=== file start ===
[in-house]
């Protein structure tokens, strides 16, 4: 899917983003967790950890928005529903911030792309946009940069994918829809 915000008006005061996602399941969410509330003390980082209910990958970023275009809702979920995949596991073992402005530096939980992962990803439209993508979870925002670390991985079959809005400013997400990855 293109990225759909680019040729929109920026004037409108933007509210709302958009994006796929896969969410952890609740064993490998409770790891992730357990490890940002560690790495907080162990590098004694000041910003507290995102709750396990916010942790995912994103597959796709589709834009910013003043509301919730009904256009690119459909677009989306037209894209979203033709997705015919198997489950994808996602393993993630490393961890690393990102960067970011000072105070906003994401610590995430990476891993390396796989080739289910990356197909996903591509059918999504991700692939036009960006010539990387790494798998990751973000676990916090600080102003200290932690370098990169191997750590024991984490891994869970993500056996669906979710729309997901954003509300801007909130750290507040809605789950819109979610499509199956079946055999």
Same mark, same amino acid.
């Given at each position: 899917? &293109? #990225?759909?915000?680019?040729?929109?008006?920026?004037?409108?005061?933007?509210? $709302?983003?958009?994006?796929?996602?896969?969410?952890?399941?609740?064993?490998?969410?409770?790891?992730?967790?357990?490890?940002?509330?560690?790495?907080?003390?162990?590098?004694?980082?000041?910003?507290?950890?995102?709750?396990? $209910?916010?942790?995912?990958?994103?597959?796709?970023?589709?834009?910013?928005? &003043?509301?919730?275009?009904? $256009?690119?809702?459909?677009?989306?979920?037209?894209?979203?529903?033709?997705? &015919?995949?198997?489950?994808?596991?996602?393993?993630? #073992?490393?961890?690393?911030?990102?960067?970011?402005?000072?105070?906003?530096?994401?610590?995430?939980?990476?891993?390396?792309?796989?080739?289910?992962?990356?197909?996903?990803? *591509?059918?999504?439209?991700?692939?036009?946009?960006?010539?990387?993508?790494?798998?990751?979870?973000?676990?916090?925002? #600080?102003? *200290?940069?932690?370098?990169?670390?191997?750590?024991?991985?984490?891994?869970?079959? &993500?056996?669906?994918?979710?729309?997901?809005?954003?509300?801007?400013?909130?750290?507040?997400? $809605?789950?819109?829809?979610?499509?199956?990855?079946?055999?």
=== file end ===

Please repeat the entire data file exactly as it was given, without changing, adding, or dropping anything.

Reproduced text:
[in-house]
């Protein structure tokens, strides 16, 4: 899917983003967790950890928005529903911030792309946009940069994918829809 915000008006005061996602399941969410509330003390980082209910990958970023275009809702979920995949596991073992402005530096939980992962990803439209993508979870925002670390991985079959809005400013997400990855 293109990225759909680019040729929109920026004037409108933007509210709302958009994006796929896969969410952890609740064993490998409770790891992730357990490890940002560690790495907080162990590098004694000041910003507290995102709750396990916010942790995912994103597959796709589709834009910013003043509301919730009904256009690119459909677009989306037209894209979203033709997705015919198997489950994808996602393993993630490393961890690393990102960067970011000072105070906003994401610590995430990476891993390396796989080739289910990356197909996903591509059918999504991700692939036009960006010539990387790494798998990751973000676990916090600080102003200290932690370098990169191997750590024991984490891994869970993500056996669906979710729309997901954003509300801007909130750290507040809605789950819109979610499509199956079946055999």
Same mark, same amino acid.
């Given at each position: 899917? &293109? #990225?759909?915000?680019?040729?929109?008006?920026?004037?409108?005061?933007?509210? $709302?983003?958009?994006?796929?996602?896969?969410?952890?399941?609740?064993?490998?969410?409770?790891?992730?967790?357990?490890?940002?509330?560690?790495?907080?003390?162990?590098?004694?980082?000041?910003?507290?950890?995102?709750?396990? $209910?916010?942790?995912?990958?994103?597959?796709?970023?589709?834009?910013?928005? &003043?509301?919730?275009?009904? $256009?690119?809702?459909?677009?989306?979920?037209?894209?979203?529903?033709?997705? &015919?995949?198997?489950?994808?596991?996602?393993?993630? #073992?490393?961890?690393?911030?990102?960067?970011?402005?000072?105070?906003?530096?994401?610590?995430?939980?990476?891993?390396?792309?796989?080739?289910?992962?990356?197909?996903?990803? *591509?059918?999504?439209?991700?692939?036009?946009?960006?010539?990387?993508?790494?798998?990751?979870?973000?676990?916090?925002? #600080?102003? *200290?940069?932690?370098?990169?670390?191997?750590?024991?991985?984490?891994?869970?079959? &993500?056996?669906?994918?979710?729309?997901?809005?954003?509300?801007?400013?909130?750290?507040?997400? $809605?789950?819109?829809?979610?499509?199956?990855?079946?055999?």